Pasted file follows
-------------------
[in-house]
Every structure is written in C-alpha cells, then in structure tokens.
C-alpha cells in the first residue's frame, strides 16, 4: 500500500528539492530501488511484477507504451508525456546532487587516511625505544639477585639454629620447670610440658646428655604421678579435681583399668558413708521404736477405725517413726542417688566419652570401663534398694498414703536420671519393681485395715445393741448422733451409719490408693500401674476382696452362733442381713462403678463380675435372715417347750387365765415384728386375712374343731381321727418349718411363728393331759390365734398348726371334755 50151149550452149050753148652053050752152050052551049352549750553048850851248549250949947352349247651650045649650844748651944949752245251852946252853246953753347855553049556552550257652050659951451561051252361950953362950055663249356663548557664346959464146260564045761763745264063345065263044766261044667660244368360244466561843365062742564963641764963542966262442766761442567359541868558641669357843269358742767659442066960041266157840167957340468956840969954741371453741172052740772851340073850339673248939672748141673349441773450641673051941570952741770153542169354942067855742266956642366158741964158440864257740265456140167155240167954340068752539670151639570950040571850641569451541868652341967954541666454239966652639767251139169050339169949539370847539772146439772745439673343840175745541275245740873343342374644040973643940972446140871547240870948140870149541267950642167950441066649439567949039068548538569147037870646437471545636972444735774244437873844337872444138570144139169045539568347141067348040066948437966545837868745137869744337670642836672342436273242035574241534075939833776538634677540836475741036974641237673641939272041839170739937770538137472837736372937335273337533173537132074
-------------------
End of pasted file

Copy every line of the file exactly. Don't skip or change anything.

[in-house]
Every structure is written in C-alpha cells, then in structure tokens.
C-alpha cells in the first residue's frame, strides 16, 4: 500500500528539492530501488511484477507504451508525456546532487587516511625505544639477585639454629620447670610440658646428655604421678579435681583399668558413708521404736477405725517413726542417688566419652570401663534398694498414703536420671519393681485395715445393741448422733451409719490408693500401674476382696452362733442381713462403678463380675435372715417347750387365765415384728386375712374343731381321727418349718411363728393331759390365734398348726371334755 50151149550452149050753148652053050752152050052551049352549750553048850851248549250949947352349247651650045649650844748651944949752245251852946252853246953753347855553049556552550257652050659951451561051252361950953362950055663249356663548557664346959464146260564045761763745264063345065263044766261044667660244368360244466561843365062742564963641764963542966262442766761442567359541868558641669357843269358742767659442066960041266157840167957340468956840969954741371453741172052740772851340073850339673248939672748141673349441773450641673051941570952741770153542169354942067855742266956642366158741964158440864257740265456140167155240167954340068752539670151639570950040571850641569451541868652341967954541666454239966652639767251139169050339169949539370847539772146439772745439673343840175745541275245740873343342374644040973643940972446140871547240870948140870149541267950642167950441066649439567949039068548538569147037870646437471545636972444735774244437873844337872444138570144139169045539568347141067348040066948437966545837868745137869744337670642836672342436273242035574241534075939833776538634677540836475741036974641237673641939272041839170739937770538137472837736372937335273337533173537132074